Sometimes the most amazing things in the world are the ones that get stepped on the most.
I have a growing love affair with soil, as it is the basis and foundation for all plant life – and therefore all life on earth. An experimental ‘drug’ called teixobactin – isolated from a sample of dirt from New England – is initially showing to act successfully as an antibiotic. Teixobactin has also proven beneficial in treating antibiotic-resistant bacteria, including streptococcus and MRSA.
We should all be aware of the growing numbers of bacteria that are resistant to treatment from antibiotics. Some of this may come from the growing amount of antibiotics automatically in our food supply from animals being treated with antibiotics. The more meat and dairy that we consume, the more potential we have of ingesting what these animals have consumed. The more antibiotics we take – the more “good” bacteria we kill inside our own systems. And the more bad bacteria get to know these antibiotics, the stronger they become – becoming antibiotic-resistant.
This discovery of an effective antibiotic right in the “common” dirt of somewhere like someone’s back yard is exciting – and telling. The “development” of the human being has had people putting their hands in the dirt to live and survive. I am guessing that at this point in history, in our country, we have the most people who never even have their skin to the ground, touching the earth, and feeling the soil. Can you imagine having a baby born in a metropolis, living in an apartment, and with limited access to public land and trails? That child may not have the opportunity to play in the dirt for months, or years. How does this affect their development?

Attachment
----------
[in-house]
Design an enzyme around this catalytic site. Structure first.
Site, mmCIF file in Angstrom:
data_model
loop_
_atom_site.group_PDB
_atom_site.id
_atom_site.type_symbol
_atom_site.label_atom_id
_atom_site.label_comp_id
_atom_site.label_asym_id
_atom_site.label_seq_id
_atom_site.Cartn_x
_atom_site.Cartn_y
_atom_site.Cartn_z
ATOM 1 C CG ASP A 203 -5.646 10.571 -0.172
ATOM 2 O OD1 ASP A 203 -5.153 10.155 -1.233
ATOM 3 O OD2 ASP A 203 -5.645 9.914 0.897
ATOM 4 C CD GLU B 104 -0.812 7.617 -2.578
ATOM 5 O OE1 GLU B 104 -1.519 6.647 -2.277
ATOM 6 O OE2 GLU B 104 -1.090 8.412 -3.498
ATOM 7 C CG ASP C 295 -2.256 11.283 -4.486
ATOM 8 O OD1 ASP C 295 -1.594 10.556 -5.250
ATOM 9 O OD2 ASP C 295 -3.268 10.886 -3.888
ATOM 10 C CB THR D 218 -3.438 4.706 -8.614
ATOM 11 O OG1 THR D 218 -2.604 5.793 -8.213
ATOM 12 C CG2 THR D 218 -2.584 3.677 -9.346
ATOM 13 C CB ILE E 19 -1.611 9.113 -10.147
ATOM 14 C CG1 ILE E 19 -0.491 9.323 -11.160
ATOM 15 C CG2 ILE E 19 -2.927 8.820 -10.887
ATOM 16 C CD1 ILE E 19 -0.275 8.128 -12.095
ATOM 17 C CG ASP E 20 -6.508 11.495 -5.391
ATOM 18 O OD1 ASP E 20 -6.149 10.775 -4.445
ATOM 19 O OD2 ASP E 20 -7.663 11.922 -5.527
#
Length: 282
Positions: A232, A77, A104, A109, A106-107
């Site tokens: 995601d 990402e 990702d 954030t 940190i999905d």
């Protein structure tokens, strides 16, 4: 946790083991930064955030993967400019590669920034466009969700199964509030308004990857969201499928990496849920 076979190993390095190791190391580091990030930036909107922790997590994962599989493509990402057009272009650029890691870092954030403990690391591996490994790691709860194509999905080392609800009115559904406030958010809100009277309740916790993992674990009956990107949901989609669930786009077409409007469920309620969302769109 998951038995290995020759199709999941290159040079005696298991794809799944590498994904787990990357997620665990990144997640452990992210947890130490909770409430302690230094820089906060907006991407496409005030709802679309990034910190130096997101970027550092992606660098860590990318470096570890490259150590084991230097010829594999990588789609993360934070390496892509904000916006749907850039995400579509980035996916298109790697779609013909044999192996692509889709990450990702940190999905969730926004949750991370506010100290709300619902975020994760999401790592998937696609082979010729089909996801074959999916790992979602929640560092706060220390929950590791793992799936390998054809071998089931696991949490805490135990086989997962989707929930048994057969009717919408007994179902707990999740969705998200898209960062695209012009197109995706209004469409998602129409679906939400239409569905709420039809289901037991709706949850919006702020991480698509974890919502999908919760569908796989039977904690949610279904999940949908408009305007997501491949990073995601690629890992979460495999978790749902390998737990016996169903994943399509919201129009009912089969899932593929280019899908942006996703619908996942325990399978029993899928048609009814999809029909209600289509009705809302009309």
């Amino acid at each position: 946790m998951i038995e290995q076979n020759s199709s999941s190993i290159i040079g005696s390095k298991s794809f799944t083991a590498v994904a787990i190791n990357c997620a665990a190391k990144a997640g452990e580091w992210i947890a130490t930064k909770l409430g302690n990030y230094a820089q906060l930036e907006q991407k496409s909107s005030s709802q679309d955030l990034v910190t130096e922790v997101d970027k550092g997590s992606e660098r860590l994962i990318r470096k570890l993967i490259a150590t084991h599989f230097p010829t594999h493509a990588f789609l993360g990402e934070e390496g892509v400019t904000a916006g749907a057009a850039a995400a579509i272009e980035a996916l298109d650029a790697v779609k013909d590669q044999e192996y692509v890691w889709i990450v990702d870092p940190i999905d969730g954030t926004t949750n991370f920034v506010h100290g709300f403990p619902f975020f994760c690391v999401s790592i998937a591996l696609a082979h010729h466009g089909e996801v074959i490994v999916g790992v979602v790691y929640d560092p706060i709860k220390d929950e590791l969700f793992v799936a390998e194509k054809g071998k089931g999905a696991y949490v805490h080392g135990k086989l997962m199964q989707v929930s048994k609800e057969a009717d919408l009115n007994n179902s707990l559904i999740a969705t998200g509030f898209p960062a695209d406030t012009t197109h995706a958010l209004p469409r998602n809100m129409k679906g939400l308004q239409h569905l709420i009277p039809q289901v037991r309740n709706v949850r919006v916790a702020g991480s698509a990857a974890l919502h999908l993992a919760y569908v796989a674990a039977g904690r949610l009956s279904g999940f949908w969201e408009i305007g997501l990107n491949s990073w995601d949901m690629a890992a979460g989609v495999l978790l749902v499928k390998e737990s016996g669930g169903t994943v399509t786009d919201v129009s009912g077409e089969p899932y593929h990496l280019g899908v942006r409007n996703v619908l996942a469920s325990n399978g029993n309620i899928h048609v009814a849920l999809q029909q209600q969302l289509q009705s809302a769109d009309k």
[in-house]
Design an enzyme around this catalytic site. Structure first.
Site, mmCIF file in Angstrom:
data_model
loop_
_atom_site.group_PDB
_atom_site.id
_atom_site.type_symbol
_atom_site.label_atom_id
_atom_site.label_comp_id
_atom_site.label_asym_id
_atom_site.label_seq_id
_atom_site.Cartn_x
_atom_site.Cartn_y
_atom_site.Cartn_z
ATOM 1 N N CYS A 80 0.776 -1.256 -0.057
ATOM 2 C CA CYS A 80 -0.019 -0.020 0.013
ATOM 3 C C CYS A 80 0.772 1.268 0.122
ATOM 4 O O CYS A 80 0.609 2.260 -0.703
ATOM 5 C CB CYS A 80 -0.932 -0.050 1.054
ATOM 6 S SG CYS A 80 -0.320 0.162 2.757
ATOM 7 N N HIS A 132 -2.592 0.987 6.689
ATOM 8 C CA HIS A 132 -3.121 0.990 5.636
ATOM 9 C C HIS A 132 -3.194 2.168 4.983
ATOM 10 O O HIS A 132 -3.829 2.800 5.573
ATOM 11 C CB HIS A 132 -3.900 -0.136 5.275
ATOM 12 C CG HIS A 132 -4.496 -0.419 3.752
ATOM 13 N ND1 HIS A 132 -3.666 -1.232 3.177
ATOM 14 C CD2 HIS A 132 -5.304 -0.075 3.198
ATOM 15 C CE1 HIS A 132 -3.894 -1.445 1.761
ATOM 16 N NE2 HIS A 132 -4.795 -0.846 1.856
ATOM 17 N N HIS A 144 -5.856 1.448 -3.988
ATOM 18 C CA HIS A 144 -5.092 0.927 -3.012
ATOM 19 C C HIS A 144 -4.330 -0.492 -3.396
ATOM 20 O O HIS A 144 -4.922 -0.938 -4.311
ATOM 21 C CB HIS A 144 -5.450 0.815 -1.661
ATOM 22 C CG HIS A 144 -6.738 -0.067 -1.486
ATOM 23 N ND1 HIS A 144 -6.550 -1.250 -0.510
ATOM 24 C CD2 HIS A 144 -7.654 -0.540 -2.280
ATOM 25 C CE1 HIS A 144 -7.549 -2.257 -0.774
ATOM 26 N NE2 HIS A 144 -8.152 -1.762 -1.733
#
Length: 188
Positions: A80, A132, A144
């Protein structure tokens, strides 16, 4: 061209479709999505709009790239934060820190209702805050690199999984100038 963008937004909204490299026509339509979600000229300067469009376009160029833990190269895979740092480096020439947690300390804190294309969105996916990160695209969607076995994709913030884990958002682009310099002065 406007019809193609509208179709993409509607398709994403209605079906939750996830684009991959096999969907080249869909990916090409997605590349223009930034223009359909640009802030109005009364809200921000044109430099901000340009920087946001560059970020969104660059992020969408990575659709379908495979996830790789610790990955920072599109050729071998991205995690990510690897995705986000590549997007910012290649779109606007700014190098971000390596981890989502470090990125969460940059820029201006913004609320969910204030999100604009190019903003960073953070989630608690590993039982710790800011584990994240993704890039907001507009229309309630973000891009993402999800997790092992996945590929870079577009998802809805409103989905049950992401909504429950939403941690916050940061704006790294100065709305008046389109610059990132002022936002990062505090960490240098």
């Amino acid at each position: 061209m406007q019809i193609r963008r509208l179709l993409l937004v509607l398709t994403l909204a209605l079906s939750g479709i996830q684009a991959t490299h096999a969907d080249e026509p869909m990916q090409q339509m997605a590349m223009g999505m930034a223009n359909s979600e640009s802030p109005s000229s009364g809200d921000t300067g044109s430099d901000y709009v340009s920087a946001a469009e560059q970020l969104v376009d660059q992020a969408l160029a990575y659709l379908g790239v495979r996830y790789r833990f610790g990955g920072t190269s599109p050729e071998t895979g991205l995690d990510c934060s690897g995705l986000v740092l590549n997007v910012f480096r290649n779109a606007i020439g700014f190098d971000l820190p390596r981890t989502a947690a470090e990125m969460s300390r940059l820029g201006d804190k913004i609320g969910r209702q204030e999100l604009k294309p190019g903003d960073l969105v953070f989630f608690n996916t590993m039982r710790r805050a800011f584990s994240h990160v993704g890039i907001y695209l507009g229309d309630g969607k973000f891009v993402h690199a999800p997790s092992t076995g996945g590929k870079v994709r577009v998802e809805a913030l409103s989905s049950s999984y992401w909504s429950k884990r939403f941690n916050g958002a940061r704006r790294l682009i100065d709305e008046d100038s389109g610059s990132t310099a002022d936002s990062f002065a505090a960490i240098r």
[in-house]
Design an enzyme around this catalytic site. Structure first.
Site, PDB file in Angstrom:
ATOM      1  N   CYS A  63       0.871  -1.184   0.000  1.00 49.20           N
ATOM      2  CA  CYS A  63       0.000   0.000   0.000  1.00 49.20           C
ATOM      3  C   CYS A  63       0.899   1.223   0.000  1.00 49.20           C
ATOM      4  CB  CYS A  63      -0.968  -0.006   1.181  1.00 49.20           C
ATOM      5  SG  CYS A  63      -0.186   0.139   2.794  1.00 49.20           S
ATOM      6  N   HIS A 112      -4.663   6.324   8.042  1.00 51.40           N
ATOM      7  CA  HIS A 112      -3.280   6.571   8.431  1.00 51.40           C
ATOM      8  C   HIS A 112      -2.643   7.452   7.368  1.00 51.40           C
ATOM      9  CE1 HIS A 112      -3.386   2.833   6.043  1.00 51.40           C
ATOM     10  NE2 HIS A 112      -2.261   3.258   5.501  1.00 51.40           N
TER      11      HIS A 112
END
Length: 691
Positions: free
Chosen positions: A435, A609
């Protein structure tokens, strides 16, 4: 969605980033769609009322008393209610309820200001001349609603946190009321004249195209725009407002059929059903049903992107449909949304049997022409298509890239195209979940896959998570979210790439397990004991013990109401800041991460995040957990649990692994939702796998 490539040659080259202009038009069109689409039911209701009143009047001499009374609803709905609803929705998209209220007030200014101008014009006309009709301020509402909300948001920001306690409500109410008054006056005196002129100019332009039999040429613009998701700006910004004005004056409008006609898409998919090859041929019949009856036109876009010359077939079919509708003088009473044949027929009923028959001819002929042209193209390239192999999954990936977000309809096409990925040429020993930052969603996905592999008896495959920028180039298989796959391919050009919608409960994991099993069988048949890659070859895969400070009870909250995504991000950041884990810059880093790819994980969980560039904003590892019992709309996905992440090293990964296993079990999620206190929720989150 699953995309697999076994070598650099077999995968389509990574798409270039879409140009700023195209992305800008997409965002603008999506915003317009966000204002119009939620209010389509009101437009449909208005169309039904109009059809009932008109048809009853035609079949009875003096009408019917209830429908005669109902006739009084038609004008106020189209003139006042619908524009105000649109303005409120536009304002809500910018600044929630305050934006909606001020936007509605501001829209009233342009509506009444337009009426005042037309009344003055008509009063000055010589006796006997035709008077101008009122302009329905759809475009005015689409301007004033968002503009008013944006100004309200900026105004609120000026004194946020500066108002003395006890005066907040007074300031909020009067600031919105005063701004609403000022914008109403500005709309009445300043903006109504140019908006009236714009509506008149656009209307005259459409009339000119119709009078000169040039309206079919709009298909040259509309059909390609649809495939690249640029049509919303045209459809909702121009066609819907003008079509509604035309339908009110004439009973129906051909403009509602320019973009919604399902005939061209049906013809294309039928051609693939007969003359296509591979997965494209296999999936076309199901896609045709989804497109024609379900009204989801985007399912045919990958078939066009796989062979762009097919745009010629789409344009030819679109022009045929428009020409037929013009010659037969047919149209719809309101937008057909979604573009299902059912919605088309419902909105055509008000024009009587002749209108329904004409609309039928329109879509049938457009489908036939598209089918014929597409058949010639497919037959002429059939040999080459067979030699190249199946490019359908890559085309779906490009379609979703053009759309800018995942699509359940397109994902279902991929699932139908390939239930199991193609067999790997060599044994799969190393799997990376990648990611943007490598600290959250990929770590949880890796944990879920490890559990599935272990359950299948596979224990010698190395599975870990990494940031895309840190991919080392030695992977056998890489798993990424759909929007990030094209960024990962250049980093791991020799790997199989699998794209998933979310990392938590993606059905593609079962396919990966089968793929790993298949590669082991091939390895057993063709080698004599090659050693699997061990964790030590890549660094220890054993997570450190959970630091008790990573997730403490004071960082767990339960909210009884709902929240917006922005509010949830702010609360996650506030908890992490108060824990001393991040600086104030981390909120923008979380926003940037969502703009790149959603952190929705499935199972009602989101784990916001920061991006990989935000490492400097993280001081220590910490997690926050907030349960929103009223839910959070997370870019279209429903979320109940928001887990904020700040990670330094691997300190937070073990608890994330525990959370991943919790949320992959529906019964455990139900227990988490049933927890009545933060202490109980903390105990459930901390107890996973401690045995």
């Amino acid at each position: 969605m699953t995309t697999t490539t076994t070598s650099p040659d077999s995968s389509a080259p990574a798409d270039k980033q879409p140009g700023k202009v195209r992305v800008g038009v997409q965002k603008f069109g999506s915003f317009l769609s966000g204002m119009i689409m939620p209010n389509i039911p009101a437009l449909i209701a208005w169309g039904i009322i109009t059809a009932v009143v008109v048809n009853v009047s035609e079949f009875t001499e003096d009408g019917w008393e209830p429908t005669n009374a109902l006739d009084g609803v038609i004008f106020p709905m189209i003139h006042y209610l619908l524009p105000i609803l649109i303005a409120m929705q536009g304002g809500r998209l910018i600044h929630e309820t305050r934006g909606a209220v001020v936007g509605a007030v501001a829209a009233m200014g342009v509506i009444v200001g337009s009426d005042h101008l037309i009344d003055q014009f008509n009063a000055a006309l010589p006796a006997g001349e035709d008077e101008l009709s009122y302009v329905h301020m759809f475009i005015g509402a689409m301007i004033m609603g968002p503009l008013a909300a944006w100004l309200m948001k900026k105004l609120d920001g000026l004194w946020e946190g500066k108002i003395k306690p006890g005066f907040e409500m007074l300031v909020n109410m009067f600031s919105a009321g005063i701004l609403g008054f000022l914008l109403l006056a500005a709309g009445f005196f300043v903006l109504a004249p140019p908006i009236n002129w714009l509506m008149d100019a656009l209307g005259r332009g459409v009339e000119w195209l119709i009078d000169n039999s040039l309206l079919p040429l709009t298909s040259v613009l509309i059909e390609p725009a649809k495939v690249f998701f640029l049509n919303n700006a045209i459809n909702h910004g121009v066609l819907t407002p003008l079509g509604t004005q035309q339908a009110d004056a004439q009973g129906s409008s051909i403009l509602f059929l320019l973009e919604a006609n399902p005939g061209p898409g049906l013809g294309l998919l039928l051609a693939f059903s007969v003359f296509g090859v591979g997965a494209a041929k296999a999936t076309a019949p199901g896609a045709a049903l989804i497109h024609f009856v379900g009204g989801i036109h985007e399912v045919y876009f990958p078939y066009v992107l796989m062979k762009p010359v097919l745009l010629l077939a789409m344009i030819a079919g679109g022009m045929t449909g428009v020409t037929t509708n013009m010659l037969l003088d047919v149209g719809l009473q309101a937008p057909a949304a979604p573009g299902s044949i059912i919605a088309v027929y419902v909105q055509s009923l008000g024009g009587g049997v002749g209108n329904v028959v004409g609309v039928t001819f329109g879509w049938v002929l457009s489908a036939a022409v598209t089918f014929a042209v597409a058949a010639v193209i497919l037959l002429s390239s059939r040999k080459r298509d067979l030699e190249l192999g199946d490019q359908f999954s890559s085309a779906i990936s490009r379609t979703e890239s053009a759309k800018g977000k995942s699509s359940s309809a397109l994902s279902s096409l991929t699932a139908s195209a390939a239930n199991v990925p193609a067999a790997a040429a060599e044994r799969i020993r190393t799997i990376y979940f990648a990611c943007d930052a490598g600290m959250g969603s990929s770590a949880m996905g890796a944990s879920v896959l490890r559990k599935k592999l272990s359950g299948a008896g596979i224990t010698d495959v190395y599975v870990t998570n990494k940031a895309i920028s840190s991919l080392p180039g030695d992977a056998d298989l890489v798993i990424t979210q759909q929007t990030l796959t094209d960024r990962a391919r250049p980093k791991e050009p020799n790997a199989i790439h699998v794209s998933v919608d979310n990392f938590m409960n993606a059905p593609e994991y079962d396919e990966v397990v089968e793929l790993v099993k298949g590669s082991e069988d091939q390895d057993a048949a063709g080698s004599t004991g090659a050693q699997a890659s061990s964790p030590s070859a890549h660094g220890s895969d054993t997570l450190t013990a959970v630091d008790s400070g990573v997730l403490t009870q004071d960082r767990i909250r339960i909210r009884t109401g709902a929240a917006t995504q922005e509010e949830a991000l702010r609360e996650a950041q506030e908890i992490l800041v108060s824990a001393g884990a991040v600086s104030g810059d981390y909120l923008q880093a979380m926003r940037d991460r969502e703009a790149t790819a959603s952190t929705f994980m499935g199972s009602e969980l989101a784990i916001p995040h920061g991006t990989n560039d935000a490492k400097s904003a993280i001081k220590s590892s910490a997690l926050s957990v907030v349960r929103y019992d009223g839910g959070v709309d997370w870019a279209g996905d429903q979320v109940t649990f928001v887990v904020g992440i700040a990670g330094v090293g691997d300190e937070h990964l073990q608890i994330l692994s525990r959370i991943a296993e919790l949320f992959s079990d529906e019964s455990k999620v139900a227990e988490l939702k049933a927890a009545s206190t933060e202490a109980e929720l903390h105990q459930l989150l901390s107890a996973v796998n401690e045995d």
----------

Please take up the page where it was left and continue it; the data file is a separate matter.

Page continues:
Dirt is powerful. It is a living, breathing being that creates our medicines and grows our food. Honoring this, and becoming closer to the dirt (by making it a point to put your hands and feet in it once awhile) may just be the most therapeutic and beneficial things that we can do.
Categories: Food Freedom